Metabolic syndrome in hyperprolactinemia

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Abstract

The metabolic syndrome (MetS) is a conglomerate of clinical findings that convey into increased morbidity and mortality from type 2 diabetes mellitus (T2D) and cardiovascular disease. Hyperprolactinemia (hyperPRL) is associated with components of MetS, especially during pregnancy. Endogenous levels of sex steroids are high during pregnancy in contrast to untreated or replaced hypogonadism in most patients with a prolactinoma and hypogonadism may confer increased risk of MetS in hyperPRL. Dopamine-D2-agonist therapy can improve MetS in patients with a prolactinoma and lower glucose levels in patients with T2D. HyperPRL is a biomarker for decreased dopaminergic tonus in the hypothalamic-pituitary circuit. Patients with a prolactinoma, patients with schizophrenia and/or T2D often have disturbances in this balance and the finding of lower prolactin (PRL) levels in polycystic ovary syndrome (PCOS) may indicate increased dopaminergic tonus. Recent studies supported that PRL levels within or above reference range may be differently related to MetS. In healthy study populations and in PCOS, PRL levels were inversely associated with metabolic risk markers. Ongoing research on PRL fragments, vasoinhibins, may help explain some of the contradicting findings between prolactin levels and metabolism. Improved knowledge about MetS in hyperPRL can characterize subgroups of patients with hyperPRL, who would not otherwise be considered as candidates for dopamine-D2-agonist therapy such as patients with postpartum cardiomyopathy and postmenopausal women with T2D.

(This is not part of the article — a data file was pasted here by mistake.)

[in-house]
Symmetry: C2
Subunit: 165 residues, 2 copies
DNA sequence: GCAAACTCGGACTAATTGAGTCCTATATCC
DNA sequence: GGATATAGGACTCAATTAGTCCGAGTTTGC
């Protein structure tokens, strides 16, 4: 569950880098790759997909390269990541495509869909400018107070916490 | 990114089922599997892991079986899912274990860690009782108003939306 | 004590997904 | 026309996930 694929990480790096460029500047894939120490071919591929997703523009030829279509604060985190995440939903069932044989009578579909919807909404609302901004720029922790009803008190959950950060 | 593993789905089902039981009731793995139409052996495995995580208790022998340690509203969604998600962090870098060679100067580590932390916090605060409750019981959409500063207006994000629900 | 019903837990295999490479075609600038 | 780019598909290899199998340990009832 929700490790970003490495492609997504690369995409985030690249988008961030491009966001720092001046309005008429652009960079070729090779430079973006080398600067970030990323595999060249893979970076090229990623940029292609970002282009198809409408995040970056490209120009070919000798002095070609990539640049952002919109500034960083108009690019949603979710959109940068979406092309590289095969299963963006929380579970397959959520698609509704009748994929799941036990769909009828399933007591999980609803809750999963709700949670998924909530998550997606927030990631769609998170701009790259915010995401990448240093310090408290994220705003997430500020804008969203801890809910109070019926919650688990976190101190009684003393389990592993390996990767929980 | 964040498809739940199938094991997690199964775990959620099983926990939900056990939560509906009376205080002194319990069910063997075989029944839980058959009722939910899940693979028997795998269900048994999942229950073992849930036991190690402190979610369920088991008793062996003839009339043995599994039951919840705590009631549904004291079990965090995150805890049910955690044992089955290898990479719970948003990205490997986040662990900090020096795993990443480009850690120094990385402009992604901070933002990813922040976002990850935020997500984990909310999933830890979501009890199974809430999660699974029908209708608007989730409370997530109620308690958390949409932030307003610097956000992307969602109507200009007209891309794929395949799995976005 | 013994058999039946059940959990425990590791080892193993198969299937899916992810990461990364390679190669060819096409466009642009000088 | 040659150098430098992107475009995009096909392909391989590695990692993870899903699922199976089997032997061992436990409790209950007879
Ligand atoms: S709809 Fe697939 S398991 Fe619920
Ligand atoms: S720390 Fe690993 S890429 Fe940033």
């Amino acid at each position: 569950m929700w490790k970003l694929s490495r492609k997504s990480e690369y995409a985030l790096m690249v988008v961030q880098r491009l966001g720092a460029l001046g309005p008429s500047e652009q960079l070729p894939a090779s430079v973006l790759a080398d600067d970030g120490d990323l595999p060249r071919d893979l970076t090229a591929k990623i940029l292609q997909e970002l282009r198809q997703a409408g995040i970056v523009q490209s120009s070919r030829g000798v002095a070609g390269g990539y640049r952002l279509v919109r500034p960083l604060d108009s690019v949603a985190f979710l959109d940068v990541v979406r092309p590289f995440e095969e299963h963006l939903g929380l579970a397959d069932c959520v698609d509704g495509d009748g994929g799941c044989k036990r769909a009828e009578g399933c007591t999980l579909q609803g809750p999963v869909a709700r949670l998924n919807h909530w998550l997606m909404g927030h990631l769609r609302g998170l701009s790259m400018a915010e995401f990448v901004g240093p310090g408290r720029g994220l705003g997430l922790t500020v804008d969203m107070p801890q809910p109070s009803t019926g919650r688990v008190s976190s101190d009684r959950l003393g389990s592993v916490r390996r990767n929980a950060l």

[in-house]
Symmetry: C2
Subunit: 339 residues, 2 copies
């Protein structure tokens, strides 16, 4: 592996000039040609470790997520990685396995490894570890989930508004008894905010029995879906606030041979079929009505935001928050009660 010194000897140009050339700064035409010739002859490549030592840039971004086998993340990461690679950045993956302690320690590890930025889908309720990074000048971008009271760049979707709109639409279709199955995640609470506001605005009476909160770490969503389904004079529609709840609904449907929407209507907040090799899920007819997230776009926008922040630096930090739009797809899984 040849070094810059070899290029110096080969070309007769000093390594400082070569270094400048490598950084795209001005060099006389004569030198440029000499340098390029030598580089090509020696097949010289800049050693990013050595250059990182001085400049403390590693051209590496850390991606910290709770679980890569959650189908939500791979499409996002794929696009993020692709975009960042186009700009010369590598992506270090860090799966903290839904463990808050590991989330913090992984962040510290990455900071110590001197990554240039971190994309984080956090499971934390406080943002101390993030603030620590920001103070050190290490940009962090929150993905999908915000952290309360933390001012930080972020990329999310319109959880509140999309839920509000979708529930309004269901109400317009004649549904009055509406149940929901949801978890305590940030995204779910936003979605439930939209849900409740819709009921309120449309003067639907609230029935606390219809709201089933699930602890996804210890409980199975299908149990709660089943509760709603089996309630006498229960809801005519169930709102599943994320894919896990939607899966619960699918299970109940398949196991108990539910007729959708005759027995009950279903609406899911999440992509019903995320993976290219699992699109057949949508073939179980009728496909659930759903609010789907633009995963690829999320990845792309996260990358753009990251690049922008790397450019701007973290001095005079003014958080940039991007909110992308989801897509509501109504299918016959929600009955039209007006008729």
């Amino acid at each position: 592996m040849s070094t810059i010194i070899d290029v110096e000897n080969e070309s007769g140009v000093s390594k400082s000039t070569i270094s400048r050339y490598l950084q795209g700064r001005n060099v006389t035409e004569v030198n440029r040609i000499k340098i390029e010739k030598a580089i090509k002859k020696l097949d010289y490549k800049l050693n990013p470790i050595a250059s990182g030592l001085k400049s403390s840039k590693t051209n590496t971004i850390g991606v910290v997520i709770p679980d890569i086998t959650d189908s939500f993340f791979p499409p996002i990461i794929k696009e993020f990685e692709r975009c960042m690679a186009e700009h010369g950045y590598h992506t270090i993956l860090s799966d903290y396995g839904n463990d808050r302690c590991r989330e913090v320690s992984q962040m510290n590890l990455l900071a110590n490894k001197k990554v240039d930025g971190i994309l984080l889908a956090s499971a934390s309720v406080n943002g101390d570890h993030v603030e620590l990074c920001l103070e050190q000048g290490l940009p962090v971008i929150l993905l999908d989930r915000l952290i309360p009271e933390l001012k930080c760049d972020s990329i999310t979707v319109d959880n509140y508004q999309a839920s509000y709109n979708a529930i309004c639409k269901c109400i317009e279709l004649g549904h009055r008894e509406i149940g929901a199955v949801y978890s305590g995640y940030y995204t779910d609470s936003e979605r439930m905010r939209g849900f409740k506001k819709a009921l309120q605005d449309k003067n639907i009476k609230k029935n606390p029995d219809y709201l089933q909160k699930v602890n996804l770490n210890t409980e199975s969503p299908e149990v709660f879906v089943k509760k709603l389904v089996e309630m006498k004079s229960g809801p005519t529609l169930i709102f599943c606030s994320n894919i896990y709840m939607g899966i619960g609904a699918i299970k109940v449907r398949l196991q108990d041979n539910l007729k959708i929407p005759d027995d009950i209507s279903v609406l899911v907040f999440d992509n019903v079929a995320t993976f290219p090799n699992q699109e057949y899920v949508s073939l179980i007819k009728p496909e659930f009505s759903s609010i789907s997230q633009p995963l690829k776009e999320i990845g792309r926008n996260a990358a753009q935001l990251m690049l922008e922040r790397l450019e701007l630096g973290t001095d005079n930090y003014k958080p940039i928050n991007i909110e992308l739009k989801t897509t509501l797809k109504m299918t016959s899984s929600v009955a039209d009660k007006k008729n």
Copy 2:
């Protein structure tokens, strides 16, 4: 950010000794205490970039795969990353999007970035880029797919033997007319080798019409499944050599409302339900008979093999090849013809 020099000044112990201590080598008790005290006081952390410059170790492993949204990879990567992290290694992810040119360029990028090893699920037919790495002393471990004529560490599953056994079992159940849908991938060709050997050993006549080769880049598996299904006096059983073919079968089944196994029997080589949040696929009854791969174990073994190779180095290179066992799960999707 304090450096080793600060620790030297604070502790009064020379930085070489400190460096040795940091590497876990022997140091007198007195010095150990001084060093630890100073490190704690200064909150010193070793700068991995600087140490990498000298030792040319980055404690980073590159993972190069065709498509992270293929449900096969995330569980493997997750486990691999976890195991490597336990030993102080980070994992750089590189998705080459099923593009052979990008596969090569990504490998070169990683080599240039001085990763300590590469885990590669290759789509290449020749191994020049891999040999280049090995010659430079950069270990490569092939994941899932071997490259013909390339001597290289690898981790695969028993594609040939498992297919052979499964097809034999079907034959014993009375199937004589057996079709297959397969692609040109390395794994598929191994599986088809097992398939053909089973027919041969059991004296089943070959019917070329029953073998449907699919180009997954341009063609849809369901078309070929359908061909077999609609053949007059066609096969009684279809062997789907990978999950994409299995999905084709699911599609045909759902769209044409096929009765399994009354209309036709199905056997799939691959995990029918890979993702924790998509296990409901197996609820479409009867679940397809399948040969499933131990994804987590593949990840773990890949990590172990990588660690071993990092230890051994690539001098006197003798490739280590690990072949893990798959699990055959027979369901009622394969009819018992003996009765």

Original languageEnglish
Title of host publicationMetabolic Syndrome consequent to Endocrine Disorders
EditorsV. Popovic, M. Korbonits
Volume49
PublisherKarger
Publication date2018
Pages29-47
ISBN (Print)9783318063349
ISBN (Electronic)9783318063356
DOIs
Publication statusPublished - 2018
SeriesFrontiers of Hormone Research
Volume49
ISSN0301-3073

Keywords

  • Diabetes Mellitus, Type 2/metabolism
  • Female
  • Humans
  • Hyperprolactinemia/metabolism
  • Metabolic Syndrome/metabolism
  • Polycystic Ovary Syndrome/metabolism
  • Prolactin/metabolism

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